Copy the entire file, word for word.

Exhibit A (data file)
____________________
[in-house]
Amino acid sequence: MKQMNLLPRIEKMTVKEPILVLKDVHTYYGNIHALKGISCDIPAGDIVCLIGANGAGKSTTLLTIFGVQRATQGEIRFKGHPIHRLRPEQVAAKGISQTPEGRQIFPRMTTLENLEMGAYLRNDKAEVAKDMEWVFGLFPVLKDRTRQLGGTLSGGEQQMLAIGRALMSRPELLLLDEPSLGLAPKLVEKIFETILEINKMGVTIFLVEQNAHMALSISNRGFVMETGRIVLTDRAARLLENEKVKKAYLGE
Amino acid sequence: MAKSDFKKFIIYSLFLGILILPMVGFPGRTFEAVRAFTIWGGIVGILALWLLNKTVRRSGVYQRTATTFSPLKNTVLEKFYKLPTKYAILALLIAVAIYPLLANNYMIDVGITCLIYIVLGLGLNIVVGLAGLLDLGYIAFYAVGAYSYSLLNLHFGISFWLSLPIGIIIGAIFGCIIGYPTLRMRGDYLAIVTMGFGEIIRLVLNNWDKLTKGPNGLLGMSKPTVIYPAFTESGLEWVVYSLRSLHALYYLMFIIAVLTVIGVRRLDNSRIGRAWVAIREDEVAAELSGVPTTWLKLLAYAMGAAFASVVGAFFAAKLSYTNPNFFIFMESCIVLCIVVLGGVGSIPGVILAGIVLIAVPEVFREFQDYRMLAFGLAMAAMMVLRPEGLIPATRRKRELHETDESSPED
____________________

[in-house]
Amino acid sequence: MKQMNLLPRIEKMTVKEPILVLKDVHTYYGNIHALKGISCDIPAGDIVCLIGANGAGKSTTLLTIFGVQRATQGEIRFKGHPIHRLRPEQVAAKGISQTPEGRQIFPRMTTLENLEMGAYLRNDKAEVAKDMEWVFGLFPVLKDRTRQLGGTLSGGEQQMLAIGRALMSRPELLLLDEPSLGLAPKLVEKIFETILEINKMGVTIFLVEQNAHMALSISNRGFVMETGRIVLTDRAARLLENEKVKKAYLGE
Amino acid sequence: MAKSDFKKFIIYSLFLGILILPMVGFPGRTFEAVRAFTIWGGIVGILALWLLNKTVRRSGVYQRTATTFSPLKNTVLEKFYKLPTKYAILALLIAVAIYPLLANNYMIDVGITCLIYIVLGLGLNIVVGLAGLLDLGYIAFYAVGAYSYSLLNLHFGISFWLSLPIGIIIGAIFGCIIGYPTLRMRGDYLAIVTMGFGEIIRLVLNNWDKLTKGPNGLLGMSKPTVIYPAFTESGLEWVVYSLRSLHALYYLMFIIAVLTVIGVRRLDNSRIGRAWVAIREDEVAAELSGVPTTWLKLLAYAMGAAFASVVGAFFAAKLSYTNPNFFIFMESCIVLCIVVLGGVGSIPGVILAGIVLIAVPEVFREFQDYRMLAFGLAMAAMMVLRPEGLIPATRRKRELHETDESSPED